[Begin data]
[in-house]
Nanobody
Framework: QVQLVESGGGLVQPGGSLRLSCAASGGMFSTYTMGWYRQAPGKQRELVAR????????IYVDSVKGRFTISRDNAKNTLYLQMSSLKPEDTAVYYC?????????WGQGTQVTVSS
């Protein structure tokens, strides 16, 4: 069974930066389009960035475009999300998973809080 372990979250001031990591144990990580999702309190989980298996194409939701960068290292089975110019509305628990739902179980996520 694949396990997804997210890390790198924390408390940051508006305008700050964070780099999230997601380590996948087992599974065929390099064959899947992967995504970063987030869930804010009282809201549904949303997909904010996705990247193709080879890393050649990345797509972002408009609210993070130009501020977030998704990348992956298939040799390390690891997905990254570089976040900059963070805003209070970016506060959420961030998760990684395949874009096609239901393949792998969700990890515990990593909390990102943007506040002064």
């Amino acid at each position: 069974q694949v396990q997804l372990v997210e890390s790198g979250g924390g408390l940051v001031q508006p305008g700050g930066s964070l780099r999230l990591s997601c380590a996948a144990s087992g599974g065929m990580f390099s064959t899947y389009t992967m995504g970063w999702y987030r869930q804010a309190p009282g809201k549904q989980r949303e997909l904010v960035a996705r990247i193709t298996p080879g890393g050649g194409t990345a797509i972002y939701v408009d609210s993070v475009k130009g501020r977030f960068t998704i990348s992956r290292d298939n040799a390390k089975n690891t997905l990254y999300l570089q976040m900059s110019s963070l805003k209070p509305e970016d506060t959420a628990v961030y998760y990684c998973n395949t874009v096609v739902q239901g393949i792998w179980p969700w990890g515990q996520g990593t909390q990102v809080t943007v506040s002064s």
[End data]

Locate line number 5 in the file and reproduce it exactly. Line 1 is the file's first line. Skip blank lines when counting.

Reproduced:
């Amino acid at each position: 069974q694949v396990q997804l372990v997210e890390s790198g979250g924390g408390l940051v001031q508006p305008g700050g930066s964070l780099r999230l990591s997601c380590a996948a144990s087992g599974g065929m990580f390099s064959t899947y389009t992967m995504g970063w999702y987030r869930q804010a309190p009282g809201k549904q989980r949303e997909l904010v960035a996705r990247i193709t298996p080879g890393g050649g194409t990345a797509i972002y939701v408009d609210s993070v475009k130009g501020r977030f960068t998704i990348s992956r290292d298939n040799a390390k089975n690891t997905l990254y999300l570089q976040m900059s110019s963070l805003k209070p509305e970016d506060t959420a628990v961030y998760y990684c998973n395949t874009v096609v739902q239901g393949i792998w179980p969700w990890g515990q996520g990593t909390q990102v809080t943007v506040s002064s």